He said there are serious funding challenges – and now that they are under the Presidency, they would be able to sit down and probably be discussed or open that conversation.

A long-standing criticism of the governors has been that they are surplus to requirements and because they are not voted for by the masses, they do not have legitimacy.

In 2010, the Namibian parliament passed legislation that allowed the appointment of governors by the President – effectively doing away with their election to this office.

Arguments for the new legislation, which were gazetted into law – just days before the 2010 regional elections, centred on improving the efficiency and effectiveness of governors and creating a ‘direct line’ between regional and national leadership.

Calls for doing away with the appointment of regional governors, and having them elected into office instead, have continued ever since.

When he tabled the Special Advisors and Regional Governors Appointment Amendment Bill in parliament in early October 2010, the then regional and local government, housing and development minister Jerry Ekandjo explained that the Bill “provides for the appointment of regional representatives by the President and (who) shall hold office at the pleasure of the President”.

He also noted that because of the importance of “extending government policies and programmes in our unitary state, it has been deemed imperative that the status of the heads of the regions be elevated to grant such heads with powers at par with the responsibilities attached to the regions”.

Opposition party the Independent Patriots for Change (IPC) spokesperson Imms Nashinge questioned the existence and relevance of governors in Namibia, and they have no administrative powers and influence.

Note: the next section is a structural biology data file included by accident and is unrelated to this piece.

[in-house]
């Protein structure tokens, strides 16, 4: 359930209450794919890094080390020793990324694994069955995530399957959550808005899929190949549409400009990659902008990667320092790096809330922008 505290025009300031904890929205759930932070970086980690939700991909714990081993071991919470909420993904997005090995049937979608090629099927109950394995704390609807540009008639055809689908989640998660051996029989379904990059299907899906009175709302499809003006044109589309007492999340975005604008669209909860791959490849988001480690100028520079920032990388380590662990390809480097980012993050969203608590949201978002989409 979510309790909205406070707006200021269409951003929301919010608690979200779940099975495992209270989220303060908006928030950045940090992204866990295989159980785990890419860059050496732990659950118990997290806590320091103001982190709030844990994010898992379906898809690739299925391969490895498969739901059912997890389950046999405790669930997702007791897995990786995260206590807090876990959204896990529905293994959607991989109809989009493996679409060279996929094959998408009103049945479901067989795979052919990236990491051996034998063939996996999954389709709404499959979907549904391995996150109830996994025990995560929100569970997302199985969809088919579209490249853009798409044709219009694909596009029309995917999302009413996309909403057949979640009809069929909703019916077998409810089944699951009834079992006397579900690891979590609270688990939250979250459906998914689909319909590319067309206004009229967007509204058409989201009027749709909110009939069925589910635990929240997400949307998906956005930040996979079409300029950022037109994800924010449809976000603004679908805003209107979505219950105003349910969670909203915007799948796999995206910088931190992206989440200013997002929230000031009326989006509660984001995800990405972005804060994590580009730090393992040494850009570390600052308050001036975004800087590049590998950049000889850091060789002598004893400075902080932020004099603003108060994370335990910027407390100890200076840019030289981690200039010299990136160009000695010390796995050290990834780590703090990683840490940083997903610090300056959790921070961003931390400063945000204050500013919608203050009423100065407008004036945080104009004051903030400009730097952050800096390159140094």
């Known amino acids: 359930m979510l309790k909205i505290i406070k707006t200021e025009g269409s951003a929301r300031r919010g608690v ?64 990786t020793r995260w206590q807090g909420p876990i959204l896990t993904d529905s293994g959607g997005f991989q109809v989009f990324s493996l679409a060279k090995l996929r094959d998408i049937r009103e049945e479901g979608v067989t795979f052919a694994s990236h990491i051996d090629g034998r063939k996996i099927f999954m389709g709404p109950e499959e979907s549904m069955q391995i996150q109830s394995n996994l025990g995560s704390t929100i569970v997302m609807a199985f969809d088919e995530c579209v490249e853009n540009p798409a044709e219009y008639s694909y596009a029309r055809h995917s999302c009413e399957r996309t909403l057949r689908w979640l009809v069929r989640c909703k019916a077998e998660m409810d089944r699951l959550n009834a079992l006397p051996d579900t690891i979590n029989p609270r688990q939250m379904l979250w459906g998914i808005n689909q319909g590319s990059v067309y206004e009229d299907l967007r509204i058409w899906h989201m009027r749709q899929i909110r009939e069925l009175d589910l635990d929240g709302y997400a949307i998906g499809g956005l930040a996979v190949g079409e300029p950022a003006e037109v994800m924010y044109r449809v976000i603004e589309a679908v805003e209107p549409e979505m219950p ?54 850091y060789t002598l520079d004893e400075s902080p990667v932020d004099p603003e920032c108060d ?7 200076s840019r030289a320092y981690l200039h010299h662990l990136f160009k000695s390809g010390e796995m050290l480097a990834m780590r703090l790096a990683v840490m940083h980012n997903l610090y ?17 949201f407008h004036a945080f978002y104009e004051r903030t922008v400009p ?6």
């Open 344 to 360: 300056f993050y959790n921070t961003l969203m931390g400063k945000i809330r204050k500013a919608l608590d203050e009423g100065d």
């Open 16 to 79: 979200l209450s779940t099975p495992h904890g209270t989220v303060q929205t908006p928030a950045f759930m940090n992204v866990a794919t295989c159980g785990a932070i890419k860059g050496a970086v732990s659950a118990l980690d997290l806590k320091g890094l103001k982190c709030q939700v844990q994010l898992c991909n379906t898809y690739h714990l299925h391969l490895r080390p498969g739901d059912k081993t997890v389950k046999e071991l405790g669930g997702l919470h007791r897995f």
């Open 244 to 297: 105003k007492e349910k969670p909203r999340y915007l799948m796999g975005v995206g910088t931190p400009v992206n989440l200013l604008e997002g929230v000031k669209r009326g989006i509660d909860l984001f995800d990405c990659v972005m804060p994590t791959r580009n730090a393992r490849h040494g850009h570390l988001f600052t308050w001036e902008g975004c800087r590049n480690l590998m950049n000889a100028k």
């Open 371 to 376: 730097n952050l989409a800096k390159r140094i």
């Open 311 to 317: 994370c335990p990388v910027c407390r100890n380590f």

“They are just there for decoration. They do not make decisions, they do not vote. They do not participate in the regional councils. So, what is the governor’s role? It’s just adding unnecessary burden on the budget we have,” noted Nashinge.

The best way for the President to address regional issues, according to Nashinge, is to bring about decentralisation to the regions.

Similarly, Popular Democratic Movement’s secretary general Manuel Ngaringombe said the existence and the role of governors in a country like Namibia is “useless” and to a point redundant since the regional council does most of the work.

“If PDM comes to power, the system of the president appointing regional governors will be scrapped and the honours will be left in charge of the people who reside in those specific regions,” he said.

“We will also be looking at the role of governors and the chairperson of management councils. Maybe we will not need the governors to cut costs and so forth because I honestly don’t know what they are doing other than duplicating what the regional council is doing.”


2022-12-15  Paheja Siririka